Good morning! Today I noticed my words written count for December is abysmally small. While rational me would have reminded myself that this is because I’m revising a book, irrational me panicked. I decided to take some time this morning and write something in the idea journal.
Things this year look a little different and I haven’t addressed any pandemic type things in my fiction … until today.
Enjoy this piece of random fiction. Remember, comments and feedback are always welcome but stealing ideas never is. Also, remember this is drafted this morning and shared right after. No editing happened. Do with that what you will.
She sits in the car watching the stream of people flow into the store through her windshield. The windows are up but the temperature in the car is dropping the longer she sits there without the engine on and the heat running. She throws her head back and sighs up at the ceiling. “I’m just gonna run in, grab the gift, and get out. I’ll be home before she is. I may even have time to wrap it. It’s fine.” She puts her hand on the door handle, gently tugging up. The burst of cold air flies in, making her shiver and increasing her urgency. Now she moves quickly–grabbing her purse off the seat beside her, stepping fully out of the car, slamming the driver’s door, and clicking the lock button. She’s halfway to the store before finally finding her mask in the bottom of her purse and slipping it over her ears to cover her face and nose. She smiles at the person stationed here for security purposes then fully blushes when she realizes no one can tell she’s done that. Gone are the days when she has to feel obligated to smile at strangers. No one can accuse her of resting bitch face under this safety face mask, can they? She chuckles at her own joke and the sudden feeling of power.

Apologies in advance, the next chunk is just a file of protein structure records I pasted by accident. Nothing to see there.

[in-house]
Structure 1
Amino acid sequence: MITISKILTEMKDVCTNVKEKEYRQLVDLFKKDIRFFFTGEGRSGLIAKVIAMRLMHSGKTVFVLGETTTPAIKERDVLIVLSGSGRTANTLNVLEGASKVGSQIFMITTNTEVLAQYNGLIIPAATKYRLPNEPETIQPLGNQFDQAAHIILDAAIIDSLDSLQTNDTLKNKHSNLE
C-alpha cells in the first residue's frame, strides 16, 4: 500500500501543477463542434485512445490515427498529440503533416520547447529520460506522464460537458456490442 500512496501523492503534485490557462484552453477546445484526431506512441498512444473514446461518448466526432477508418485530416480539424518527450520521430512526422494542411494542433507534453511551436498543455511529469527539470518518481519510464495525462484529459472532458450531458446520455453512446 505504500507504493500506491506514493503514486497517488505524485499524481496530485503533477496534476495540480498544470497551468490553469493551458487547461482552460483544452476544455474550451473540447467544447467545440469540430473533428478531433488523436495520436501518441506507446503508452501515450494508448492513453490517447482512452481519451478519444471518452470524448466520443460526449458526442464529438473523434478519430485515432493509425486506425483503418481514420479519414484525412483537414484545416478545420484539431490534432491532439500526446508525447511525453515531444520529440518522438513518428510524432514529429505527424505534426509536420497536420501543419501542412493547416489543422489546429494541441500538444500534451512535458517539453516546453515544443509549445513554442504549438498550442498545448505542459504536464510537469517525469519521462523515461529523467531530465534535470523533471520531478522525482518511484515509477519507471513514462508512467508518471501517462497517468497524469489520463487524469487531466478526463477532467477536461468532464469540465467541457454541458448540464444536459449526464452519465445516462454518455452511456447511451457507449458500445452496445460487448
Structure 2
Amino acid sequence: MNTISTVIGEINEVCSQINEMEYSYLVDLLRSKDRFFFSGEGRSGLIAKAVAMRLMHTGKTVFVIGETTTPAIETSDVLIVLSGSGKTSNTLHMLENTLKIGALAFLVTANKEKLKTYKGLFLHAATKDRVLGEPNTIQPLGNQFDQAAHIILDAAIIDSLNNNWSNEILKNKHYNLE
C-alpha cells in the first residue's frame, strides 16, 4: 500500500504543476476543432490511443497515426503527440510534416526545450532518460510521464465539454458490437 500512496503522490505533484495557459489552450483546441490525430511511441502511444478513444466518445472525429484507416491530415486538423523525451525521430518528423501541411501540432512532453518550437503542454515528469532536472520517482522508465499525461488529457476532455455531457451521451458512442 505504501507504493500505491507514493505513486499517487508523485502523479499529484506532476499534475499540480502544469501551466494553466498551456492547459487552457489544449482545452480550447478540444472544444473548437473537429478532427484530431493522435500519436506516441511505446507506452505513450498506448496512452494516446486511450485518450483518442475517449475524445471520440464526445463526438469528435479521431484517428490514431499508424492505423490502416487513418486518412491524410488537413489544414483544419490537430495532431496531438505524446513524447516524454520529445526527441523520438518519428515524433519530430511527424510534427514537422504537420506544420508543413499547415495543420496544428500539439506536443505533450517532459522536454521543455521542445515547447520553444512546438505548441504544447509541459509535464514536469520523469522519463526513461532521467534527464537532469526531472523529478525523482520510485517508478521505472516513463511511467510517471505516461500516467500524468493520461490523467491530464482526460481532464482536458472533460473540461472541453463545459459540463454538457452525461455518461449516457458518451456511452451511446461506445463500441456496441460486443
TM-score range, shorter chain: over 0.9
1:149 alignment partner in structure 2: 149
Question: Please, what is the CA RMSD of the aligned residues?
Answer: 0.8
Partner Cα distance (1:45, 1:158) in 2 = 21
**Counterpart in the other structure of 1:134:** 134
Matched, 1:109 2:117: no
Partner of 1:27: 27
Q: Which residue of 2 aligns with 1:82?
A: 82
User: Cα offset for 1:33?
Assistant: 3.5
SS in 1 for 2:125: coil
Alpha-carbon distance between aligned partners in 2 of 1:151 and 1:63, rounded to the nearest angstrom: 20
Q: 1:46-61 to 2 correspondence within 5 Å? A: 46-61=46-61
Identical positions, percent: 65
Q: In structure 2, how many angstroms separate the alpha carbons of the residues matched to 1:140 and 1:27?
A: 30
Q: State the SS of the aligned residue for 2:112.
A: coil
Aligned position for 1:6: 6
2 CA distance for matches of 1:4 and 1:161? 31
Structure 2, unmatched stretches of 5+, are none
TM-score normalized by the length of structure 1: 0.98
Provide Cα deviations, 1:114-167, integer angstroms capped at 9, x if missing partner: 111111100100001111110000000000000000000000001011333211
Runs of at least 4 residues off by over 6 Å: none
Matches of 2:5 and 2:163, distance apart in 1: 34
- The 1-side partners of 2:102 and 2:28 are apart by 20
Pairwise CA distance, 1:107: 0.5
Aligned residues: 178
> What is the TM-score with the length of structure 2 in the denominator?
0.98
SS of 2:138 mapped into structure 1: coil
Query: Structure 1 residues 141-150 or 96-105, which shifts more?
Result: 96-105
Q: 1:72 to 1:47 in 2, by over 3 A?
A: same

The store is crowded today. She wasn’t sure what to expect when she left the house. They haven’t left the house in weeks, they’ve been working from home and ordering food in. They’ve been sitting on the couch at night, not sure what to talk about when you’ve been witness to each other’s entire days. This trip to the store is supposed to be for milk. They don’t have the money for gifts. They aren’t bothering with gifts. But she can’t bring herself to do nothing in the face of a holiday that just doesn’t feel like a holiday right now. Maybe one gift, unwrapped and hand delivered, will make it feel more special.
She walks quickly, checking the aisle markers that are now present on the floor to see which direction she is allowed to move. She ignores the people who are going the wrong way and gives a wide berth to anyone not wearing a mask. She stops in front of the flowers. On a walk around the neighborhood a few weeks ago they’d had an entire conversation about flowers and how you miss them when it’s winter and they’re gone. But they’re large and they’ll die in a few days. Flowers aren’t going to work.